This is of strategic importance and all the more remarkable for the fact that electromobility as a cross-sectional technology brings together two industry sectors with little historical connection: the automotive and energy utility sectors. Early integration of all relevant actors prepares the basis for broad acceptance and swift implementation of electromobility. Germany has set itself the goal of becoming the lead market and provider for electric mobility by 2020 as part of its long-term zero emission mobility vision.

Driving the "Car of the Future" in Berlin - CNN International Video

As part of CNN International’s "Business 360 - Future Cities" series, CNN anchor (business journalist) Richard Quest (Quest Means Business) looks at Germany's motoring past and future as he takes a spin in a sophisticated computer-controlled car - developed at the Freie Universität Berlin - which drives itself (video below).



Carbon Dioxide Emissions

Increased awareness of the need to reduce harmful emissions into the environment is seeing governments worldwide act to regulate permissible vehicle pollution levels. Within Europe, the European Union (EU) has submitted far-reaching proposals to significantly reduce passenger vehicle CO2 emission levels by 2020. Fuel consumption and CO2 emission levels of all European-manufactured passenger vehicles are to be reduced to 130g/km of CO2 through drive train-related measures.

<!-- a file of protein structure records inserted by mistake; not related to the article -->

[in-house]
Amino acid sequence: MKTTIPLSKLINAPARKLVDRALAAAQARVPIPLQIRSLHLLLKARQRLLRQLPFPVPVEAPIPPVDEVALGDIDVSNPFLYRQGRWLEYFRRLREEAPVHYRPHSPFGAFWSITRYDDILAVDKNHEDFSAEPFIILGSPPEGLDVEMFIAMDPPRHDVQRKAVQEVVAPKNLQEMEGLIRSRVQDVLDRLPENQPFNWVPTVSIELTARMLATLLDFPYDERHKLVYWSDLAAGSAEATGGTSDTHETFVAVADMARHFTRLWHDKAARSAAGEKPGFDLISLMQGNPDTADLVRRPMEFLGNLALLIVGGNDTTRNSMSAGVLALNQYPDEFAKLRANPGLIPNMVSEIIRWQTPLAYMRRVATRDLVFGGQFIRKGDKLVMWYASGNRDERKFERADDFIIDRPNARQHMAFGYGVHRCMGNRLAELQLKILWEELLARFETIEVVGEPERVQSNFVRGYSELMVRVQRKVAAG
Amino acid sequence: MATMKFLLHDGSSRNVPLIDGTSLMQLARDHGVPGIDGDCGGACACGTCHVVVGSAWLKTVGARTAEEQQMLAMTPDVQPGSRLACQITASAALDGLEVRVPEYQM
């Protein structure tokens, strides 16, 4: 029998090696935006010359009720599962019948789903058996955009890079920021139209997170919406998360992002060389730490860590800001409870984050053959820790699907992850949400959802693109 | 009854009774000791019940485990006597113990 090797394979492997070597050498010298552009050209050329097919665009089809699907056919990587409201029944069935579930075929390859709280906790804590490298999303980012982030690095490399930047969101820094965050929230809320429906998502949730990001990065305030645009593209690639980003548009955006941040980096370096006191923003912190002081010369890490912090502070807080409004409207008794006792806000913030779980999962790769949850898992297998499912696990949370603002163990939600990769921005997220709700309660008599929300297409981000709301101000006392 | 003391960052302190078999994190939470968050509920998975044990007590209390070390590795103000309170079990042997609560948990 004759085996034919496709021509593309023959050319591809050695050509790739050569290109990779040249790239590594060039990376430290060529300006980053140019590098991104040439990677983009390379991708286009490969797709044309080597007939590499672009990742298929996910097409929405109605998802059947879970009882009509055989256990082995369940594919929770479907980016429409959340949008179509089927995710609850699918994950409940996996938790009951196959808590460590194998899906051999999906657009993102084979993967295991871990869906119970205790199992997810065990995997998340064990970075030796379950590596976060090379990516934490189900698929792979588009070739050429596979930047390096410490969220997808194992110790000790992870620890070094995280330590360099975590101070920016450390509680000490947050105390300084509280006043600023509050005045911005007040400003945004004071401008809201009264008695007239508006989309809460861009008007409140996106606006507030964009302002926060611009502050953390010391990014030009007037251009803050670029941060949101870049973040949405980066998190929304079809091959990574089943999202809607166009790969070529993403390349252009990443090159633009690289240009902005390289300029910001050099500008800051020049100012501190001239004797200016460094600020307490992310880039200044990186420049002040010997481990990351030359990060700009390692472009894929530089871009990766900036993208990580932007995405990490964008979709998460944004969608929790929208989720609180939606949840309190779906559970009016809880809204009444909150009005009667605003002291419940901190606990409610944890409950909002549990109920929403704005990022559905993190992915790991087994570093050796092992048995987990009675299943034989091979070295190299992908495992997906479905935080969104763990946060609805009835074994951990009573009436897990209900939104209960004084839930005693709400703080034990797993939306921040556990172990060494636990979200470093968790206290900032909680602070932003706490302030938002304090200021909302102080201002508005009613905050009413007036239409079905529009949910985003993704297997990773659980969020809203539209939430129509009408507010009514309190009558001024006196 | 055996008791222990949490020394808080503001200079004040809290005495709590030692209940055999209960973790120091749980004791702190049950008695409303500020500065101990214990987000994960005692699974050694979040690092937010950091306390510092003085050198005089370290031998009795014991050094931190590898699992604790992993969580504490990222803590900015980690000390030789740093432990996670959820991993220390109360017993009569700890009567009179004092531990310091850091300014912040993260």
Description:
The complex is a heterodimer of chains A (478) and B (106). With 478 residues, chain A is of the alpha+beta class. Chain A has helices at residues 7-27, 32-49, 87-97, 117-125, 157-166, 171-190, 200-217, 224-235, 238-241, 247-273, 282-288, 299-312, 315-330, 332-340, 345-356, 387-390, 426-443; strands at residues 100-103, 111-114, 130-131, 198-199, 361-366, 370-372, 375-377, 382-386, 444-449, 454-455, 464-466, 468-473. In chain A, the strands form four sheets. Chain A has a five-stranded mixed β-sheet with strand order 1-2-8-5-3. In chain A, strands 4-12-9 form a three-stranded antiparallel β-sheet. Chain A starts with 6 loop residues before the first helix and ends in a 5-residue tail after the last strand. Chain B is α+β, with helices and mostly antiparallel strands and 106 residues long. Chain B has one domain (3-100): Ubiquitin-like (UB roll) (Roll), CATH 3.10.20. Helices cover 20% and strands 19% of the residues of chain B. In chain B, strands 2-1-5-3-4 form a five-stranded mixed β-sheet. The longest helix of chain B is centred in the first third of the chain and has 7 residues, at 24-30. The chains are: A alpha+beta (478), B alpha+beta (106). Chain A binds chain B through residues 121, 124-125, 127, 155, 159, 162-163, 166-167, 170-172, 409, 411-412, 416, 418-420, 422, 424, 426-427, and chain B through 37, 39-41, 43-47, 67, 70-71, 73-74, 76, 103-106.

An additional reduction of 10g/km of CO2 has to be achieved through biofuels and "complementary measures" (including gear change timing gauges, efficient air conditioning systems, and tire inflation control systems) so that a set target of 120g/km of CO2 is realized by 2012.